- Removal of the log jam below Northlands Road should be investigated as a means of improving fish access. Removal of the large log jam below Mt. Seymour Parkway would benefit cutthroat
- Recommended that impermeable areas be minimized in development areas so as not to jeopardize the estuarine environment (Tera, 1980)
- Maintenance of vegetation along all natural drainages is important in order to trap sediments and pollution before they can enter the stream system (Tera, 1980)
- Environment Canada "strongly recommended that the REMAINING FISH AND WILDLIFE HABITAT BE PRESERVED in the Seymour-Maplewood area" (Planning Dept., 1977)
- Initiative to develop a bedload management plan should be continued (Kerr Wood Leidal Associates, 1999)
- A cross-connection corridor between McCartney and Mountain Creek is recommended north of Northland Villages to provide for movement between the creek ravines and to connect to the larger blocks of habitat occurring to the north of the site, up Mount Seymour. The connection corridor should be 30-40 m wide (Gartner Lee Limited, 1995)
- Study outlines various fish enhancement opportunities for McCarney Creek and its tributaries in the Northlands area (Gartner Lee Limited, 1995)
Available Sources of Information
Maps: TRIM/UTM 92G036 - BC Ministry of Environment, Lands and Parks
Map: District of North Vancouver
Council of the District of North Vancouver. (December 1977). The Development of Seymour.
Daly, M.K. (1984). The Birds of the Maplewood Mudflats, North Vancouver. Discovery, Vancouver Natural History Society.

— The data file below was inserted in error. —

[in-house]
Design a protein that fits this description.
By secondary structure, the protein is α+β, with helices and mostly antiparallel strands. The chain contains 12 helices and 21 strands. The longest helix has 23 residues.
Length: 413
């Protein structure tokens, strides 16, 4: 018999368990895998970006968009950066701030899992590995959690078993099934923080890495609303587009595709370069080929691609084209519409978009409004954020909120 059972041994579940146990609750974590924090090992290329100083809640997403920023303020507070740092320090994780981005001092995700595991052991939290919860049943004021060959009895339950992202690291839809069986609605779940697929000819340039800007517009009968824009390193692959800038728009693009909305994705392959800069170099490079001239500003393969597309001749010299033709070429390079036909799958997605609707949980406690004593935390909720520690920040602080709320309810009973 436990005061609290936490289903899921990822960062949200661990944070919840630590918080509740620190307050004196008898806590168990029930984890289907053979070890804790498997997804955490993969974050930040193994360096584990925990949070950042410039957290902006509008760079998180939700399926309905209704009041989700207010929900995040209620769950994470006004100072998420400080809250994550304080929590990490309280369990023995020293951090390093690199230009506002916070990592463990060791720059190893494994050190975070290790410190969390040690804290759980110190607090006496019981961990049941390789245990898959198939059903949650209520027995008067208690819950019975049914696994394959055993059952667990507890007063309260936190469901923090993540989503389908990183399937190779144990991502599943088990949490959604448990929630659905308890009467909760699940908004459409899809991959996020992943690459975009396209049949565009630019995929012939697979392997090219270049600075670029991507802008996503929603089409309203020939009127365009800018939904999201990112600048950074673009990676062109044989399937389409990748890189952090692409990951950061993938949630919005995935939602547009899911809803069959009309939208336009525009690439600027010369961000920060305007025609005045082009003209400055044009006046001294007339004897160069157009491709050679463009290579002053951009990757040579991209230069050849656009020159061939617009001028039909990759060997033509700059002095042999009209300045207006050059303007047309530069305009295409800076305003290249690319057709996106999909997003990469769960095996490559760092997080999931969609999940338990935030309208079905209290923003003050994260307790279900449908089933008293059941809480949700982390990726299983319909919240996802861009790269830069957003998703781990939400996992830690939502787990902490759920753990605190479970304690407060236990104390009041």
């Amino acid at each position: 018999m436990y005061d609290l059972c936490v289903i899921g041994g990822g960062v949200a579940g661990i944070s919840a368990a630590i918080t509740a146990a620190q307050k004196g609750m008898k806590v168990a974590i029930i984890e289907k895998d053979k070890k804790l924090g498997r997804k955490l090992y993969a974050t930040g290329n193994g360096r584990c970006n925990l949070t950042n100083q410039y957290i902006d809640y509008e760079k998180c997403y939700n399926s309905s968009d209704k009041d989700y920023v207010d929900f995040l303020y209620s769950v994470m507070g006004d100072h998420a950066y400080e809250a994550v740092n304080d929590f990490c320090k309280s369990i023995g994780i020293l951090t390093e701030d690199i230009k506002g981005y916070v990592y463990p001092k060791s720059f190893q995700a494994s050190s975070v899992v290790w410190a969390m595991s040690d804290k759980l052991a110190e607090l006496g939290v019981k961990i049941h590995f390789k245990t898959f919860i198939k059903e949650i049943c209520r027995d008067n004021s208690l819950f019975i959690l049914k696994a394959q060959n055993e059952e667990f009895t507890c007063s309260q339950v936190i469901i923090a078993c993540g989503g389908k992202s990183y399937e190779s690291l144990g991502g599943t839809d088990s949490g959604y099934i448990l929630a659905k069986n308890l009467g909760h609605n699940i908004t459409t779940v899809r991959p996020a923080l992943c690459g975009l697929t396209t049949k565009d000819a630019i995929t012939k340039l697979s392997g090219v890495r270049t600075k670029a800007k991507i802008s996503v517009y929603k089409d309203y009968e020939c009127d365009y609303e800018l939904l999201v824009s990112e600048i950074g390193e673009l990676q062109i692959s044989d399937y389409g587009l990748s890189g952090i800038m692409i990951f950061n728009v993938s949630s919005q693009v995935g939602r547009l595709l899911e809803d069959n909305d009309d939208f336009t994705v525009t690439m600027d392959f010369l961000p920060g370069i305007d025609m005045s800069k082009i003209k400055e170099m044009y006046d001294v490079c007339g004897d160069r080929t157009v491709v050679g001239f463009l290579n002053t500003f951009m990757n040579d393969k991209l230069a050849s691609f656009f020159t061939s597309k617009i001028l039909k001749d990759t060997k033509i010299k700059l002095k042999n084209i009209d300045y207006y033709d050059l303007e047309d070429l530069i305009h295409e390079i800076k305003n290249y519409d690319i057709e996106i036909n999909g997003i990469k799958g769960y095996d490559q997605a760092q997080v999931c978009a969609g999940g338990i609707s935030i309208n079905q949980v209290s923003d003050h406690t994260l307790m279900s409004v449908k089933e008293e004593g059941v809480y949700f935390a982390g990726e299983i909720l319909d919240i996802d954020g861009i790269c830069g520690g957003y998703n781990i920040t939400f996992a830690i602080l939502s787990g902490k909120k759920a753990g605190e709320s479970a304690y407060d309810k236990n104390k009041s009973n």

Don Vaughan & Associates Ltd. (Jan. 1974). Hyannis Study Area: Landscape Reconnaissance.
Environmental Science Program ‘94/95 Capilano College. (May 1995). Maplewood Flats: Ecological Restoration Studies. Vols. 1 & 2.
Gartner Lee Limited. (June 1995). Fish and Wildlife Assessment of Northland Villages Site, North Vancouver.
Kahrer, G. (1989). From Speculative to Spectacular: The Seymour River Valley 1870’s to 1980’s. A History of Resource Use. Greater Vancouver Regional District, Parks Dept.
Kerr Wood Leidal Associates Ltd. (1999) "Overview Study of Debris Flow Hazards". Prepared for the District of North Vancouver.
Kerr Wood Leidal Associates for the District of North Vancouver. (July 1982). "Report on Creek Systems and Stormwater Control".
Maynard, D.E. (1978). Geomorphic Constraints to Urban Residential Development in the Seymour Area. District of North Vancouver, B.C. Thesis, U.B.C.
The Planning Department of the District of North Vancouver. Based on research by Environment Canada. (January 1977). The Natural Environment of the Maplewood Estuaries.
Precision Identification Biological Consultants. (1997). Prepared for Fraser River Action Plan, Fisheries and Oceans Branch. Wild, Threatened, Endangered and Lost Streams of the Lower Fraser Valley: Summary Report. Lower Fraser Valley Stream Review, Vols. 1 & 3.
Renshaw, Timothy. December 12, 1990. "North Shore fish battle to survive in a polluted urban environment". in the North Shore News.
Roed, Murray A. for Don Vaughan & Associates Ltd. Reconnaissance Terrain Analysis, Seymour Heights, District of North Vancouver.
Tera Consultants Limited. (May 1980). Hydrology in the Maplewood Planning Area of the District of North Vancouver. Prepared for the District of North Vancouver.
Tera Consultants Limited. (April 1980). Terrain Reconnaissance in the Maplewood Planning Area of the District of North Vancouver. Prepared for the District of North Vancouver.
Tera Consultants Limited. (May 1980). Hydrology in the Maplewood Planning Area of the District of North Vancouver.
Tera Environmental Consultants Limited. (July 1980). Landscape Reconnaissance of National Harbours Board Property in Maplewood Planning Area, North Vancouver. Prepared for the Port of Vancouver.
Tera Planning Ltd. (July 1991). Environmental Assessment of the McCartney Woods Neighbourhood, North Vancouver.
Zogaris, Stamatis: Western Canada Wilderness Committee and Vancouver Natural History Society. Maplewood Flats Upland and Basin: Wildlife Habitat Significance.